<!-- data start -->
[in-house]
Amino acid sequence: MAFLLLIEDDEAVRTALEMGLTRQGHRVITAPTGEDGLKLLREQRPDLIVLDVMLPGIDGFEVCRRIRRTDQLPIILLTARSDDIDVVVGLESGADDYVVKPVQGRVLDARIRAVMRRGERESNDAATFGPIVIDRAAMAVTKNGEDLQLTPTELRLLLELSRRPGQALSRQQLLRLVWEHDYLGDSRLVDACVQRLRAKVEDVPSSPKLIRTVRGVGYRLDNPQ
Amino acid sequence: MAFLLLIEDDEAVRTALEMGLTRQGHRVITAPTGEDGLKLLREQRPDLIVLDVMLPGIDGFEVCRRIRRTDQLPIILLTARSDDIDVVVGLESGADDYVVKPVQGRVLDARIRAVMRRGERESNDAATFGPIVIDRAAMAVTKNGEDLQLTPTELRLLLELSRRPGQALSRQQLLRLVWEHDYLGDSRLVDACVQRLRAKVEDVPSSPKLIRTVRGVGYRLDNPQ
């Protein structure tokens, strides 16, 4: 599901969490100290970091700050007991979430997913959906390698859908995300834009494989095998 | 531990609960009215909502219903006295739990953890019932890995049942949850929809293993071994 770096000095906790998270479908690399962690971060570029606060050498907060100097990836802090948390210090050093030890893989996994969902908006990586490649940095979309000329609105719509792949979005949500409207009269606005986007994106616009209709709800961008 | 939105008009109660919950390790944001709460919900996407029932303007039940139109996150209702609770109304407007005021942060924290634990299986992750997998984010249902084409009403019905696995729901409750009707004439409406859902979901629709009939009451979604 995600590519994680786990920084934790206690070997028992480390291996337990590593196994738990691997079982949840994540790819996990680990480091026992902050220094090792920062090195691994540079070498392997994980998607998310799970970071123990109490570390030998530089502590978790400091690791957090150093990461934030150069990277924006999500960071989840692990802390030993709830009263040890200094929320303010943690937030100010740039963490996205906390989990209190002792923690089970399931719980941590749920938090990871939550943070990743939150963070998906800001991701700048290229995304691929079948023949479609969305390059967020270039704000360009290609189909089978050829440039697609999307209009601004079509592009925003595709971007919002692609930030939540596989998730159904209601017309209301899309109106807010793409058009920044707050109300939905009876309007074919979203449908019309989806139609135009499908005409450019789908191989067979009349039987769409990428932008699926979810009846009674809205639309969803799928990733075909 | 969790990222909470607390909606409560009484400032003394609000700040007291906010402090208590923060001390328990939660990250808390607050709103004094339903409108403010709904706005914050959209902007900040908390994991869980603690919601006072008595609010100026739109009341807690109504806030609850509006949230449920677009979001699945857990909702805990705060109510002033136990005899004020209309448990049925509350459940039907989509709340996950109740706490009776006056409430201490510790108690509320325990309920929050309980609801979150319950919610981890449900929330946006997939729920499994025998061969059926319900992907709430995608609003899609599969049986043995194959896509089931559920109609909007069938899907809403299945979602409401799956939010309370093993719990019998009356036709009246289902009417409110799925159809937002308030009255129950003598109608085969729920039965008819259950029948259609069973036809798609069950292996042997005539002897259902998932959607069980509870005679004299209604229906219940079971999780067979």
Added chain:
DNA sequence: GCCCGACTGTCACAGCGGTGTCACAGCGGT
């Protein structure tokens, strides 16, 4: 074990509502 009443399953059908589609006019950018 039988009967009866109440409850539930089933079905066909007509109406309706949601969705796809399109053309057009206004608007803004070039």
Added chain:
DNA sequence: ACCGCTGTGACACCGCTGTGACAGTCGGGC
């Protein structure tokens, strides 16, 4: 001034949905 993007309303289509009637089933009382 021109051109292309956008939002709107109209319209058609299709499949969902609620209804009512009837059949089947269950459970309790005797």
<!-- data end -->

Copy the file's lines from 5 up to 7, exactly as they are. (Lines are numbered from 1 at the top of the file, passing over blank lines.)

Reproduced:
Added chain:
DNA sequence: GCCCGACTGTCACAGCGGTGTCACAGCGGT
């Protein structure tokens, strides 16, 4: 074990509502 009443399953059908589609006019950018 039988009967009866109440409850539930089933079905066909007509109406309706949601969705796809399109053309057009206004608007803004070039």